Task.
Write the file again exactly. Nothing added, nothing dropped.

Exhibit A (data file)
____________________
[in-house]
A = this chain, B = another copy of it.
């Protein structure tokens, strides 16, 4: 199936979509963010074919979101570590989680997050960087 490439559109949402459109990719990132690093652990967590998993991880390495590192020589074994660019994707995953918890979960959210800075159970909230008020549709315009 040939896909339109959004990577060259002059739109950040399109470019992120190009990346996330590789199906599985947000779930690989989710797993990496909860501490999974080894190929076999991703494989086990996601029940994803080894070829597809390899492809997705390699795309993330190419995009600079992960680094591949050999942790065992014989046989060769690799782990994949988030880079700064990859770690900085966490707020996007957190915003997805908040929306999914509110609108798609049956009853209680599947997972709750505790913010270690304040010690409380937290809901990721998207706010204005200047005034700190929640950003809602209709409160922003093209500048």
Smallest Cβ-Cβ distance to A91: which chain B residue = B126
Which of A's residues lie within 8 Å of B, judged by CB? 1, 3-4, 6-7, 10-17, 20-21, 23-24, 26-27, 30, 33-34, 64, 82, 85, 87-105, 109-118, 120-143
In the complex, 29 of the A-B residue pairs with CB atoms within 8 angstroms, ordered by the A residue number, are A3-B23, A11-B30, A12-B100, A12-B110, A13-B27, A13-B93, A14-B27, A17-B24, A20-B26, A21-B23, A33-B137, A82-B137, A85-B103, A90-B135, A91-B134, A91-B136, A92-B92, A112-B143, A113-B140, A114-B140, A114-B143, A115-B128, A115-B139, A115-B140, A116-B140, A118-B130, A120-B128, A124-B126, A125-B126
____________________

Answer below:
[in-house]
A = this chain, B = another copy of it.
């Protein structure tokens, strides 16, 4: 199936979509963010074919979101570590989680997050960087 490439559109949402459109990719990132690093652990967590998993991880390495590192020589074994660019994707995953918890979960959210800075159970909230008020549709315009 040939896909339109959004990577060259002059739109950040399109470019992120190009990346996330590789199906599985947000779930690989989710797993990496909860501490999974080894190929076999991703494989086990996601029940994803080894070829597809390899492809997705390699795309993330190419995009600079992960680094591949050999942790065992014989046989060769690799782990994949988030880079700064990859770690900085966490707020996007957190915003997805908040929306999914509110609108798609049956009853209680599947997972709750505790913010270690304040010690409380937290809901990721998207706010204005200047005034700190929640950003809602209709409160922003093209500048």
Smallest Cβ-Cβ distance to A91: which chain B residue = B126
Which of A's residues lie within 8 Å of B, judged by CB? 1, 3-4, 6-7, 10-17, 20-21, 23-24, 26-27, 30, 33-34, 64, 82, 85, 87-105, 109-118, 120-143
In the complex, 29 of the A-B residue pairs with CB atoms within 8 angstroms, ordered by the A residue number, are A3-B23, A11-B30, A12-B100, A12-B110, A13-B27, A13-B93, A14-B27, A17-B24, A20-B26, A21-B23, A33-B137, A82-B137, A85-B103, A90-B135, A91-B134, A91-B136, A92-B92, A112-B143, A113-B140, A114-B140, A114-B143, A115-B128, A115-B139, A115-B140, A116-B140, A118-B130, A120-B128, A124-B126, A125-B126